Data Analysis

This paper makes use of data (Wooldridge 2000) collected from the ‘Child Health Supplements’ to the 1988 National Health Interview Survey, it features 807 observations throughout different states within the USA. The data presents itself in cross-sectional microdata form.

The dependent variable in our study ‘cigs’ reports the average number of cigarettes smoked per day by each individual, for the purpose of this research, I have transposed this variable into logarithmic form in order to draw conclusions relating to the price elasticity of demand.

As mentioned above, the estimations for the P.E.D vary significantly within the existing literature, to draw our own conclusions I have introduced a ‘price’ variable, this measures the price per packet of cigarette throughout the United States. This is measured by ‘cents per pack’, again this has been transposed into a logarithmic form which will allow us to draw conclusions relating to the percentage change in price and how this impacts the demand for cigarettes in percentage terms.

In order to bring analysis further than a simple price and demand relationship, income has been added as its often considered an important factor. As a result, I have included income which reflects the average yearly income of respondents. This has been transposed into a logarithmic form which will provide an insight into the income elasticity of demand. Existing literature also varies on results, work produced by Sackrin (1957) making use of cross-sectional data finds that Y.E.D stands at 0.12, this would imply that a 10% increase in income, would lead to a 1.2% increase in the demand for cigarettes.

Additionally, educational attainment is often considered an important variable when assessing the demand for cigarettes. Thus an education variable has been included which gives an insight into the surveyed individuals years of schooling –  A possible disadvantage is the data does not state the level of education that was attained, just the number of years spent in school. Nonetheless, existing work (Silles 2015) highlights that those with a higher level of education face a lower probability of smoking, an increased probability of stopping smoking through an increase in the probability of quitting. It was also important to include a variable to control for the impact of age on smoking habits, further an age-squared variable was added which can allow us to determine if there is a concave or convex relationship between age and smoking.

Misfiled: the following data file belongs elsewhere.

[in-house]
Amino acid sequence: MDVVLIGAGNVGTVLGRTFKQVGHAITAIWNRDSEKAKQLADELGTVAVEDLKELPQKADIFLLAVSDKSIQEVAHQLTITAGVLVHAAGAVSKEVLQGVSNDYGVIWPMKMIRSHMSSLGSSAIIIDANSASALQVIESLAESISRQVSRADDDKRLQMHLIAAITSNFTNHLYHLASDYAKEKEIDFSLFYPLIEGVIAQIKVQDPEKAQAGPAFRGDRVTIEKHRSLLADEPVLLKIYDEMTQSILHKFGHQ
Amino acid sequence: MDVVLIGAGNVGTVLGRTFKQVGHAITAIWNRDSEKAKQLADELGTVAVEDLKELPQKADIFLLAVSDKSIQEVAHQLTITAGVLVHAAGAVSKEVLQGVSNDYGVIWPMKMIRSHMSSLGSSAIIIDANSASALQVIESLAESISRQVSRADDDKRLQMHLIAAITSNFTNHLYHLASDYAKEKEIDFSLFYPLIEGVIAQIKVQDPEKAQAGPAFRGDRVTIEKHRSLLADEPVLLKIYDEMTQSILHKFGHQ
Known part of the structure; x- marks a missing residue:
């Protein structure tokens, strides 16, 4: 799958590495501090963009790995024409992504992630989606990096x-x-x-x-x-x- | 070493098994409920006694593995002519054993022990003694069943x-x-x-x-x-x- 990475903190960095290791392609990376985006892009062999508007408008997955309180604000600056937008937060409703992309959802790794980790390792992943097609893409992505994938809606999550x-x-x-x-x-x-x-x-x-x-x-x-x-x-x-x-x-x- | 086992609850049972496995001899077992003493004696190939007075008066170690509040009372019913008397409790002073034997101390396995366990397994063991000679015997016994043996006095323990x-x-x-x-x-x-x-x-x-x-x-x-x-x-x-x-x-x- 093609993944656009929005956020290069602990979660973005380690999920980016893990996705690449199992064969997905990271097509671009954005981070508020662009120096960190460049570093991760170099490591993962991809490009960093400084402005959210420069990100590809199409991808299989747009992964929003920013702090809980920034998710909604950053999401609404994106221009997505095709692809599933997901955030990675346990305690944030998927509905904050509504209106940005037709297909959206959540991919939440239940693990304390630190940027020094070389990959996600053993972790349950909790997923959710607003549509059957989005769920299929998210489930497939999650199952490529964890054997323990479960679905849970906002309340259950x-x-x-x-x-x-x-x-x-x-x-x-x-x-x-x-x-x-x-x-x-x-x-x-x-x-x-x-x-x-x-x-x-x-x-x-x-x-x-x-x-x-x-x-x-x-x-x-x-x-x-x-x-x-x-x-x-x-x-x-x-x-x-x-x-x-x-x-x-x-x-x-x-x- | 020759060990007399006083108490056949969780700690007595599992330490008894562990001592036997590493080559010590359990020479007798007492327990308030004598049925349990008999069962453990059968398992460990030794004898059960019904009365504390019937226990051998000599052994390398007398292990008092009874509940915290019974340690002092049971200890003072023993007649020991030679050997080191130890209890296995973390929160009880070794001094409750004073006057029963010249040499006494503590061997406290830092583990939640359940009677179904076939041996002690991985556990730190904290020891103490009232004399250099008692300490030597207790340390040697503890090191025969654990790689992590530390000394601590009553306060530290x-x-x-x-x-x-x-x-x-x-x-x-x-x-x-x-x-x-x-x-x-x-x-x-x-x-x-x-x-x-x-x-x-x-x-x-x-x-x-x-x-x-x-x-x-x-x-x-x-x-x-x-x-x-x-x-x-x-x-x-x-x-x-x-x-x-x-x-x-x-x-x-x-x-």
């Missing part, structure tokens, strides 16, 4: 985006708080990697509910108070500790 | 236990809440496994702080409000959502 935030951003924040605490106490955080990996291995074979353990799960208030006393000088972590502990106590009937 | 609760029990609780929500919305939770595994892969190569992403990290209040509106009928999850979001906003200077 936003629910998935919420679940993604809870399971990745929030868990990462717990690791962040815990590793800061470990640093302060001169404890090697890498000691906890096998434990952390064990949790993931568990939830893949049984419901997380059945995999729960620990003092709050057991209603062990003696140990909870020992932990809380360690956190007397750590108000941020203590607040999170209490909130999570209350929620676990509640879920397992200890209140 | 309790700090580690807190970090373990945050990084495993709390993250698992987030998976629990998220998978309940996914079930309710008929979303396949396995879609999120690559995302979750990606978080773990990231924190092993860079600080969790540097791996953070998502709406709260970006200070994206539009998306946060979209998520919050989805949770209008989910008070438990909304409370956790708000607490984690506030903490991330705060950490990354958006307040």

Table 1: Descriptive Statistics



Std. Dev.


















































Table 1 represents the descriptive statistics for each variable within the study, with 807 observations. It can be seen that on average, individuals smoke 9 cigarettes per day (rounded up), the mi5nimum is zero including those who do not smoke, with a maximum of 80. The age variable provides some intuition of the composition of the survey, with the average respondent being 41, youngest and oldest are 17 and 80 respectively, providing a wide range of observations.   

The income variable shows the average yearly earnings of respondents, with an average of $19,304 per year, the minimum and maximum being $500 and $30,000 respectively showing a significant difference between the lowest and highest earners. Educational controls are measured through the years of schooling, the average observation has 12 years of schooling with a minimum and maximum of 6 and 18 years respectively. Our dependent variable ‘cigpric’ measures the cigarette price, with an average of $0.60 per packet, the minimum and maximum vary quite a degree from $0.44 to $0.70.

There is a potential issue with endogeneity relating to the price variable within our study, the failure to account for this may lead to bias of the price elasticity estimates. A potential way to get around this would be through an ‘instrumental variable’ that is correlated with price but does not have a direct influence on demand, for example, a common instrumental variable would be an excise tax on cigarettes. This would allow us to provide more accurate estimates which could allow us to provide more insight into government policy, especially relating to taxation policy which depends critically on the price elasticity of demand. The ‘instrumental variable’ must be correlated with the endogenous variable, as it is used to pick up the part of the variable which is uncorrelated.

Empirical Analysis